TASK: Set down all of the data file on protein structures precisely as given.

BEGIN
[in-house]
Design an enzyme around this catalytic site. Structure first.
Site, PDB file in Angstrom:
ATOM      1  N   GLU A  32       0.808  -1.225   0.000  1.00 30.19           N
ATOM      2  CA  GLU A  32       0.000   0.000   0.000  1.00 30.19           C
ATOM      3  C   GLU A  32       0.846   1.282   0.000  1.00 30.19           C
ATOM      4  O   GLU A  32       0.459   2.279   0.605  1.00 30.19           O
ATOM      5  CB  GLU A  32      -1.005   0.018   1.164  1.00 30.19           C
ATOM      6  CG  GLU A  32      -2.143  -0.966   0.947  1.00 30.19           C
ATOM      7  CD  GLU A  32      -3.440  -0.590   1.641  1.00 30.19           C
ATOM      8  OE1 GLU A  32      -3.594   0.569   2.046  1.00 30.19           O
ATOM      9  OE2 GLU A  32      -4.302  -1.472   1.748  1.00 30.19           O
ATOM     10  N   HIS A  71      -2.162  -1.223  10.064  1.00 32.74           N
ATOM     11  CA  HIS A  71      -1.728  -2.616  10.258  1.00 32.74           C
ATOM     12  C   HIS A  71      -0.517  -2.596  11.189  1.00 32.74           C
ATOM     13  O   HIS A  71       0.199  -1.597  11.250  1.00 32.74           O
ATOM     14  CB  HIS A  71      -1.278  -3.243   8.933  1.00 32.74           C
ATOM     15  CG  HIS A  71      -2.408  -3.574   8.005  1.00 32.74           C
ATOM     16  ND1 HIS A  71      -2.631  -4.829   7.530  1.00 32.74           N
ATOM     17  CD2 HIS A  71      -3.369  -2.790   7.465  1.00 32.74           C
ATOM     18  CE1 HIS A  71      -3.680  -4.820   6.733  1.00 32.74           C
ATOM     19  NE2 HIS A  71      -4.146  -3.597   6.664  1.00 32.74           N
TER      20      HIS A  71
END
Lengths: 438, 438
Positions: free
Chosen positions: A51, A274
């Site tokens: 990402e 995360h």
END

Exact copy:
[in-house]
Design an enzyme around this catalytic site. Structure first.
Site, PDB file in Angstrom:
ATOM      1  N   GLU A  32       0.808  -1.225   0.000  1.00 30.19           N
ATOM      2  CA  GLU A  32       0.000   0.000   0.000  1.00 30.19           C
ATOM      3  C   GLU A  32       0.846   1.282   0.000  1.00 30.19           C
ATOM      4  O   GLU A  32       0.459   2.279   0.605  1.00 30.19           O
ATOM      5  CB  GLU A  32      -1.005   0.018   1.164  1.00 30.19           C
ATOM      6  CG  GLU A  32      -2.143  -0.966   0.947  1.00 30.19           C
ATOM      7  CD  GLU A  32      -3.440  -0.590   1.641  1.00 30.19           C
ATOM      8  OE1 GLU A  32      -3.594   0.569   2.046  1.00 30.19           O
ATOM      9  OE2 GLU A  32      -4.302  -1.472   1.748  1.00 30.19           O
ATOM     10  N   HIS A  71      -2.162  -1.223  10.064  1.00 32.74           N
ATOM     11  CA  HIS A  71      -1.728  -2.616  10.258  1.00 32.74           C
ATOM     12  C   HIS A  71      -0.517  -2.596  11.189  1.00 32.74           C
ATOM     13  O   HIS A  71       0.199  -1.597  11.250  1.00 32.74           O
ATOM     14  CB  HIS A  71      -1.278  -3.243   8.933  1.00 32.74           C
ATOM     15  CG  HIS A  71      -2.408  -3.574   8.005  1.00 32.74           C
ATOM     16  ND1 HIS A  71      -2.631  -4.829   7.530  1.00 32.74           N
ATOM     17  CD2 HIS A  71      -3.369  -2.790   7.465  1.00 32.74           C
ATOM     18  CE1 HIS A  71      -3.680  -4.820   6.733  1.00 32.74           C
ATOM     19  NE2 HIS A  71      -4.146  -3.597   6.664  1.00 32.74           N
TER      20      HIS A  71
END
Lengths: 438, 438
Positions: free
Chosen positions: A51, A274
């Site tokens: 990402e 995360h």